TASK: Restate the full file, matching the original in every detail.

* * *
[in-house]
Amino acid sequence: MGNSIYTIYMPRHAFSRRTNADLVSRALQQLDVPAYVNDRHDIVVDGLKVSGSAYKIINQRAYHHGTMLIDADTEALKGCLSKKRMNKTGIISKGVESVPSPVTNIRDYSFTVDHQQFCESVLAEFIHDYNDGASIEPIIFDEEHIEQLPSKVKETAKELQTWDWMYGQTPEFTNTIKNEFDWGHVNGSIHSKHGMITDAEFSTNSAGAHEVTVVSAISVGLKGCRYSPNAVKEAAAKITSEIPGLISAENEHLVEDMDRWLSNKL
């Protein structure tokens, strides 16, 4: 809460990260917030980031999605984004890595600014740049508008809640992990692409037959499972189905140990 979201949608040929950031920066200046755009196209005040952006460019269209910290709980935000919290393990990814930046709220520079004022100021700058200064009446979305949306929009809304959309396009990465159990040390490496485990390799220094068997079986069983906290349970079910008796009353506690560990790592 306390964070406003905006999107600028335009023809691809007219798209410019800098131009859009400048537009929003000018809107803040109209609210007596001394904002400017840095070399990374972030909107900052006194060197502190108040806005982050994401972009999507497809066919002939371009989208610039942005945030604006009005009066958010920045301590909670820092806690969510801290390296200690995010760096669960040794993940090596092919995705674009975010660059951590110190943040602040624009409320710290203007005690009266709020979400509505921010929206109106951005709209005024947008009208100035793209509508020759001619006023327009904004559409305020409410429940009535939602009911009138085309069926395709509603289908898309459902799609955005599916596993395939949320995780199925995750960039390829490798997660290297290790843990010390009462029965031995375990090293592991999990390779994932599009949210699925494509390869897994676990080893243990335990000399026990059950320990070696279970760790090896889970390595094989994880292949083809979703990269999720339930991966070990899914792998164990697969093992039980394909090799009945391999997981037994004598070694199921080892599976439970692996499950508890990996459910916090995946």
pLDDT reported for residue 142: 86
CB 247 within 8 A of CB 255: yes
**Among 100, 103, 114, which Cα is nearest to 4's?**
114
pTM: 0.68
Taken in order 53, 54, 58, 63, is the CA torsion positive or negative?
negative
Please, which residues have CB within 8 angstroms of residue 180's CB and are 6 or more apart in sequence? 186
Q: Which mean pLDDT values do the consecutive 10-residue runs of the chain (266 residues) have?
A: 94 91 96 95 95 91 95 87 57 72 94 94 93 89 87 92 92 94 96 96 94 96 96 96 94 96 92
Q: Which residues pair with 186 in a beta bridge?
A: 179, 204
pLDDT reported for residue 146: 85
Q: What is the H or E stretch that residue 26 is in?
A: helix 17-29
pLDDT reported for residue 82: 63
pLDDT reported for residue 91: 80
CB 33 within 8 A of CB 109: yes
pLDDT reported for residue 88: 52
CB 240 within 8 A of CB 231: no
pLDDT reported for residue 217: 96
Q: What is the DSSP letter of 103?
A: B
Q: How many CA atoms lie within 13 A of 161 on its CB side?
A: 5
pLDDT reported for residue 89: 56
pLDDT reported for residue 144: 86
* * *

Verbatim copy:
[in-house]
Amino acid sequence: MGNSIYTIYMPRHAFSRRTNADLVSRALQQLDVPAYVNDRHDIVVDGLKVSGSAYKIINQRAYHHGTMLIDADTEALKGCLSKKRMNKTGIISKGVESVPSPVTNIRDYSFTVDHQQFCESVLAEFIHDYNDGASIEPIIFDEEHIEQLPSKVKETAKELQTWDWMYGQTPEFTNTIKNEFDWGHVNGSIHSKHGMITDAEFSTNSAGAHEVTVVSAISVGLKGCRYSPNAVKEAAAKITSEIPGLISAENEHLVEDMDRWLSNKL
């Protein structure tokens, strides 16, 4: 809460990260917030980031999605984004890595600014740049508008809640992990692409037959499972189905140990 979201949608040929950031920066200046755009196209005040952006460019269209910290709980935000919290393990990814930046709220520079004022100021700058200064009446979305949306929009809304959309396009990465159990040390490496485990390799220094068997079986069983906290349970079910008796009353506690560990790592 306390964070406003905006999107600028335009023809691809007219798209410019800098131009859009400048537009929003000018809107803040109209609210007596001394904002400017840095070399990374972030909107900052006194060197502190108040806005982050994401972009999507497809066919002939371009989208610039942005945030604006009005009066958010920045301590909670820092806690969510801290390296200690995010760096669960040794993940090596092919995705674009975010660059951590110190943040602040624009409320710290203007005690009266709020979400509505921010929206109106951005709209005024947008009208100035793209509508020759001619006023327009904004559409305020409410429940009535939602009911009138085309069926395709509603289908898309459902799609955005599916596993395939949320995780199925995750960039390829490798997660290297290790843990010390009462029965031995375990090293592991999990390779994932599009949210699925494509390869897994676990080893243990335990000399026990059950320990070696279970760790090896889970390595094989994880292949083809979703990269999720339930991966070990899914792998164990697969093992039980394909090799009945391999997981037994004598070694199921080892599976439970692996499950508890990996459910916090995946």
pLDDT reported for residue 142: 86
CB 247 within 8 A of CB 255: yes
**Among 100, 103, 114, which Cα is nearest to 4's?**
114
pTM: 0.68
Taken in order 53, 54, 58, 63, is the CA torsion positive or negative?
negative
Please, which residues have CB within 8 angstroms of residue 180's CB and are 6 or more apart in sequence? 186
Q: Which mean pLDDT values do the consecutive 10-residue runs of the chain (266 residues) have?
A: 94 91 96 95 95 91 95 87 57 72 94 94 93 89 87 92 92 94 96 96 94 96 96 96 94 96 92
Q: Which residues pair with 186 in a beta bridge?
A: 179, 204
pLDDT reported for residue 146: 85
Q: What is the H or E stretch that residue 26 is in?
A: helix 17-29
pLDDT reported for residue 82: 63
pLDDT reported for residue 91: 80
CB 33 within 8 A of CB 109: yes
pLDDT reported for residue 88: 52
CB 240 within 8 A of CB 231: no
pLDDT reported for residue 217: 96
Q: What is the DSSP letter of 103?
A: B
Q: How many CA atoms lie within 13 A of 161 on its CB side?
A: 5
pLDDT reported for residue 89: 56
pLDDT reported for residue 144: 86